One of four themed plays

As a late 5th century BC Athenian dramatist, Euripides is an heir both to the traditions of oral poetry and mythmaking, and to the rational enquiry of philosophy, rhetoric and history in a broad sense. Whilst Homer was greatly admired by the literati in 5th century Athens, he does represent a world long gone. (Homer’s Iliad may date up to 300 years before Euripides’ Trojan Women – as distant a period as the early 18th century is for us.)


goodreads

Euripides himself (485-406BC) was still writing into old age, not unlike his contemporary, the tragedian Sophocles (497/6-406BC), who was still producing plays at Athens into his early nineties! Euripides wrote about 90 plays, of which 18 survive, whereas the evergreen Sophocles wrote more than 120 plays, only 7 of which survive. They often competed at the dramatic festivals, with Sophocles easily the more successful.

Euripides wrote four plays for performance on that day in the early spring of 415BC, although only The Trojan Women has survived. We know, not the least from fragmentary evidence, that the first three plays were on the Trojan war theme, but they were not a tightly inter-connected trilogy of plays, as is Aeschylus’ Oresteia.

First was the play Alexander, which focused on the earlier life of the Trojan archer-figure Paris, or Alexander, as he is often known. In the myth of Troy it is he who judges the divine beauty contest (the Judgement of Paris), that precipitates the war between Greeks and Trojans.

The second play was the Palamedes, about a clever but rather obscure Greek prince at Troy. The Trojan Women was the third play presented on that day, and was followed in turn by a more light-hearted “satyr play” called the Sisyphus.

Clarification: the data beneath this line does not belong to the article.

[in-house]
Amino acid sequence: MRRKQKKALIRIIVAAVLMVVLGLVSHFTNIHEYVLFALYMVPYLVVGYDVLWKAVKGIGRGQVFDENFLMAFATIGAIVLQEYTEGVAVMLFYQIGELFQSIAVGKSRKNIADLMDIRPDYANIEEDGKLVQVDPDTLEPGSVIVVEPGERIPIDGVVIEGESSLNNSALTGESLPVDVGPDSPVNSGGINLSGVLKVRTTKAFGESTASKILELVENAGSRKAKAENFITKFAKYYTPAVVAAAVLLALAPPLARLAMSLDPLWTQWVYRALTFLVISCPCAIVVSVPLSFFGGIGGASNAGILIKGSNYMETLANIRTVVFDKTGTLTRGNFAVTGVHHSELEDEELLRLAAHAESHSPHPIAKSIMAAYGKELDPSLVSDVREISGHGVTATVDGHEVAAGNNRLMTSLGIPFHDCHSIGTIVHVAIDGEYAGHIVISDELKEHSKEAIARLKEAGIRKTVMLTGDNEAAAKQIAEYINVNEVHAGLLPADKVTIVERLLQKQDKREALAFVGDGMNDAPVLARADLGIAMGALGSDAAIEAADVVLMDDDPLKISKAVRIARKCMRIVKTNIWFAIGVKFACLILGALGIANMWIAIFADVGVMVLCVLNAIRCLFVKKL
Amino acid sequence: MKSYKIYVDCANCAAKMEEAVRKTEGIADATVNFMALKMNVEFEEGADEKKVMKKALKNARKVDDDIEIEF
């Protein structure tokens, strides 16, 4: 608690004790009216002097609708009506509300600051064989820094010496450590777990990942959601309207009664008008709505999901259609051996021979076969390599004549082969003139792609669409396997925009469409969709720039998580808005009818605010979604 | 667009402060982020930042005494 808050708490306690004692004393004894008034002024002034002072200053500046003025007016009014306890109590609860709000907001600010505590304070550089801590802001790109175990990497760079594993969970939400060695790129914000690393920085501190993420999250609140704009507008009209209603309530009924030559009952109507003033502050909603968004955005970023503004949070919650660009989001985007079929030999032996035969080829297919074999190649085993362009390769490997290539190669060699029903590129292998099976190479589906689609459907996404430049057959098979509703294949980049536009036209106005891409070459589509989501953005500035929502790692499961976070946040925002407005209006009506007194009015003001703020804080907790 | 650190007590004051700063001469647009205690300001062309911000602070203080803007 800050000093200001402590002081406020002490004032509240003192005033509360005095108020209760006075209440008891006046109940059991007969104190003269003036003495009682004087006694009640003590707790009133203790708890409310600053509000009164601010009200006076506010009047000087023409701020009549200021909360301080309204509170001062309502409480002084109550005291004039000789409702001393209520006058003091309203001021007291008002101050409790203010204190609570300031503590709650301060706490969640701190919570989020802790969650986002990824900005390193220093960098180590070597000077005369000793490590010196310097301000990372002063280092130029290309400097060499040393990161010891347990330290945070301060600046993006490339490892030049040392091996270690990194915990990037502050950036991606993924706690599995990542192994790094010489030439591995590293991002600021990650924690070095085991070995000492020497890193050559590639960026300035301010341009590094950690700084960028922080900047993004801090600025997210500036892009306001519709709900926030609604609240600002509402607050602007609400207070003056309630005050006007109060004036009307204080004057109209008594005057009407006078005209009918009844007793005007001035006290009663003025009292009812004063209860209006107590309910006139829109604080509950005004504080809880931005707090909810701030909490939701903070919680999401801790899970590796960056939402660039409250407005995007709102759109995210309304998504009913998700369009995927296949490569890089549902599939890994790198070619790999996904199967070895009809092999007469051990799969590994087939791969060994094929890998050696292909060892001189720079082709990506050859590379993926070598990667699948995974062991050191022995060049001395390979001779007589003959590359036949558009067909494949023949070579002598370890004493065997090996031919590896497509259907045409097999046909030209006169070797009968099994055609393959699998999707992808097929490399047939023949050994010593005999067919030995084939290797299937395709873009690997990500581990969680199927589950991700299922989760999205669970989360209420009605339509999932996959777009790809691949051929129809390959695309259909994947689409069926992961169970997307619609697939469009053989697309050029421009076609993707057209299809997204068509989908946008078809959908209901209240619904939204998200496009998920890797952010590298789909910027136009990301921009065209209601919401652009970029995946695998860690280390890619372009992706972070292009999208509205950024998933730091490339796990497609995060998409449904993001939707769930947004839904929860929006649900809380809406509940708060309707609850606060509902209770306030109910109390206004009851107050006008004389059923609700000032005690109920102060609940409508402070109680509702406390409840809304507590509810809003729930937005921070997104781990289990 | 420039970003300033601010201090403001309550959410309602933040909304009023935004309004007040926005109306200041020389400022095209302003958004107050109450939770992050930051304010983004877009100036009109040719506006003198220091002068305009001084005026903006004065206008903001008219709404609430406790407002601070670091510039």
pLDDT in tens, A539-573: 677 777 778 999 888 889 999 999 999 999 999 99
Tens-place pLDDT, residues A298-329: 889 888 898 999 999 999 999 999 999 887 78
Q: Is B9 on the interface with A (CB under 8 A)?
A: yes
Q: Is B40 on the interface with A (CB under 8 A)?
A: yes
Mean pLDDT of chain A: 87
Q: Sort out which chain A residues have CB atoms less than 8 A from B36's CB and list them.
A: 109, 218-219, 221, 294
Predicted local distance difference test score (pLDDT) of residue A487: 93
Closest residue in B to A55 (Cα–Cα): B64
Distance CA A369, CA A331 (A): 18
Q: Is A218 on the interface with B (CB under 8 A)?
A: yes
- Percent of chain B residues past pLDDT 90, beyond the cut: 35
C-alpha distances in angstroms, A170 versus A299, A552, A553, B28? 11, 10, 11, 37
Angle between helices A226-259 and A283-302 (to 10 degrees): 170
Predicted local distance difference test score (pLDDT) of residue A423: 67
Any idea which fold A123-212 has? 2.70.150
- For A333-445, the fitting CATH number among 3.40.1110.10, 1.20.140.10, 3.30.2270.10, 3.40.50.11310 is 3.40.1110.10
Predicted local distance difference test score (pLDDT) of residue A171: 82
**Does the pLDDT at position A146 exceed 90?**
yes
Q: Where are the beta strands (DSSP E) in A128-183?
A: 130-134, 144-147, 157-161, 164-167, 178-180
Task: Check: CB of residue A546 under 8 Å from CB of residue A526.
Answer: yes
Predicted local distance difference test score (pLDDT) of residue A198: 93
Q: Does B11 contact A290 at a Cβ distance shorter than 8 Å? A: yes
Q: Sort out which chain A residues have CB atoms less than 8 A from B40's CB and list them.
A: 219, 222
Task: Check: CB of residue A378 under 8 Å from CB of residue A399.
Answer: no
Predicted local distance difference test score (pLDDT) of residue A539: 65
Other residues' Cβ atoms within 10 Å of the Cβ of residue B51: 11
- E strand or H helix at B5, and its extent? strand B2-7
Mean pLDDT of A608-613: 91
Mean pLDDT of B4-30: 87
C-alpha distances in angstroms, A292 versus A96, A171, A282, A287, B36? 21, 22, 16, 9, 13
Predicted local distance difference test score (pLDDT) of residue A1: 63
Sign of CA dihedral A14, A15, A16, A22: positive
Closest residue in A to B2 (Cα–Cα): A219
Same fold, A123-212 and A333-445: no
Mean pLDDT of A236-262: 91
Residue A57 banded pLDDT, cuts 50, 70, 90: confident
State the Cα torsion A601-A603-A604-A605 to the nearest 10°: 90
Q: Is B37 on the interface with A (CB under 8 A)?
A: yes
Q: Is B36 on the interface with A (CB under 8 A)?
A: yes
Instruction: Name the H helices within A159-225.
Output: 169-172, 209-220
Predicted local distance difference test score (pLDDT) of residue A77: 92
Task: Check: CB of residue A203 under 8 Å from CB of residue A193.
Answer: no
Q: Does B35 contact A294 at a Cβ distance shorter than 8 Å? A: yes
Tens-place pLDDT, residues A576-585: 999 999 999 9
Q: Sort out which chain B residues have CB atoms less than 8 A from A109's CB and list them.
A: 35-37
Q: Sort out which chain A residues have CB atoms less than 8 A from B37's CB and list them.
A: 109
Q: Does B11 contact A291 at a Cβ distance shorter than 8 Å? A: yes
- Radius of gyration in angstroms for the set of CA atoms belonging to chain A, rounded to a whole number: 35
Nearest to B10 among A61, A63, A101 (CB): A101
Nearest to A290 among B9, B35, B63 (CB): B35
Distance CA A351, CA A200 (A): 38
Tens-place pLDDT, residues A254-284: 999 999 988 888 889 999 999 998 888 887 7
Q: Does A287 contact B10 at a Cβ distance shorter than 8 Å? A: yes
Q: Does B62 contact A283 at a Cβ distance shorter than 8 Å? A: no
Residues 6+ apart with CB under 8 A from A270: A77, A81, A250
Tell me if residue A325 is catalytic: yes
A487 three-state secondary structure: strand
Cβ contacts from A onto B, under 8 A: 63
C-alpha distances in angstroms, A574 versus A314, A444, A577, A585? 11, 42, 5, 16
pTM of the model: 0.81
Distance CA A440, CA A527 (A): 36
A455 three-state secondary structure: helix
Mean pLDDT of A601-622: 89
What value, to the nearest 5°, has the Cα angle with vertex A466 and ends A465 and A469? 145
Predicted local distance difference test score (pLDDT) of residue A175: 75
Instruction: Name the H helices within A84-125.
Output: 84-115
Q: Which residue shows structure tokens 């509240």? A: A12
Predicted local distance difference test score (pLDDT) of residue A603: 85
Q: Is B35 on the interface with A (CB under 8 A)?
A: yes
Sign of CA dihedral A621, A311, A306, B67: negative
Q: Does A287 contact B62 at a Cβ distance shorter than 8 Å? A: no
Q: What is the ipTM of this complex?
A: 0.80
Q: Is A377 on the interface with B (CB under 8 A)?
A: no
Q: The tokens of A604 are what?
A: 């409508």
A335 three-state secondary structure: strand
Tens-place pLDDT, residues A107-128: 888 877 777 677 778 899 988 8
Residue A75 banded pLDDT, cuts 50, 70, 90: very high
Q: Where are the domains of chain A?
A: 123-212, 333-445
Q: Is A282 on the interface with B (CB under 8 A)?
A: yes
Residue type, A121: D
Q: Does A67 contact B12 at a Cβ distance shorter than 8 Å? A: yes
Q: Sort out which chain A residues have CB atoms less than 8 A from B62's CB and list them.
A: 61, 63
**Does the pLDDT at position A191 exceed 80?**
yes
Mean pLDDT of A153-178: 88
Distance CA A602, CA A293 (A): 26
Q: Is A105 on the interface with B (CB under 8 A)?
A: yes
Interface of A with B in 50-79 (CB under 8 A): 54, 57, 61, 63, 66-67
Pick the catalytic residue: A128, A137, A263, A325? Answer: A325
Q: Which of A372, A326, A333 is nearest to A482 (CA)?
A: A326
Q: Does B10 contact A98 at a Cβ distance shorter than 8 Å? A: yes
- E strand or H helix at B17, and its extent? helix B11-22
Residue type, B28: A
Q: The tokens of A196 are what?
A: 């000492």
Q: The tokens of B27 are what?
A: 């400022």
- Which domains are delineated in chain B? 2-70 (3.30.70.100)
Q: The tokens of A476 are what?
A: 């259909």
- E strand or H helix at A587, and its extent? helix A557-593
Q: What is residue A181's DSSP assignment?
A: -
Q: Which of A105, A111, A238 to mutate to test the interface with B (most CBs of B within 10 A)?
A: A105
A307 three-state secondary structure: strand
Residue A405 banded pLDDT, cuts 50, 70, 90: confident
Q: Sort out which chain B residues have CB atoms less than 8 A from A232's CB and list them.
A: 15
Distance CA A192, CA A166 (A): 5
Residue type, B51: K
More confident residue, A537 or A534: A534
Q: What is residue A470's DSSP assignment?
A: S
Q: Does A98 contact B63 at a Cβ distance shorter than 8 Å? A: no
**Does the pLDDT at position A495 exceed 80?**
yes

We learn from an ancient source that Euripides’ plays came second in the dramatic competition of 415.

Cold calculation

The Trojan Women focuses on a small group of women of the royal house of Troy who await their fate in Greece – Hecuba, the widow of king Priam; Cassandra, the prophetess daughter of Priam and Hecuba; Andromache, widow of Hector and mother of the boy Astyanax; and Helen of Sparta, who has to plead for her life from Menelaus, her former husband. The chorus of the play are captive Trojan women.

The only Greek prince to feature as a character is Menelaus himself whose task is to decide on Helen’s fate now that she has been captured. The cruel decisions of the departing Greek forces occur with Odysseus as a key player, but these are enunciated to the women by Talthybius, a Greek herald.

The women are dispersed as slaves to particular princes throughout the Greek world who have led contingents within the Greek army. The obvious cruelty of this process is added to by the cold calculation as to who will go where.

Thus, the girl Polyxena, daughter of Priam and Hecuba, was supposed to go to Achilles after the war; but seeing Achilles is now dead, she is sacrificed at his tomb.

Hector’s wife Andromache goes to Achilles’ son Neoptolemus because Hector and Achilles were rivals and had a major single combat in battle (told in Book 22 of the Iliad). Hecuba herself is to go to Odysseus – a terrible fate, upon which she laments her ill-fortune: “it is my lot to be slave to a vile and treacherous man”.

Cassandra will go as a sex slave to the lascivious and repulsive figure of Agamemnon, whilst Helen – the face that launched a thousand ships – is given back to Menelaus.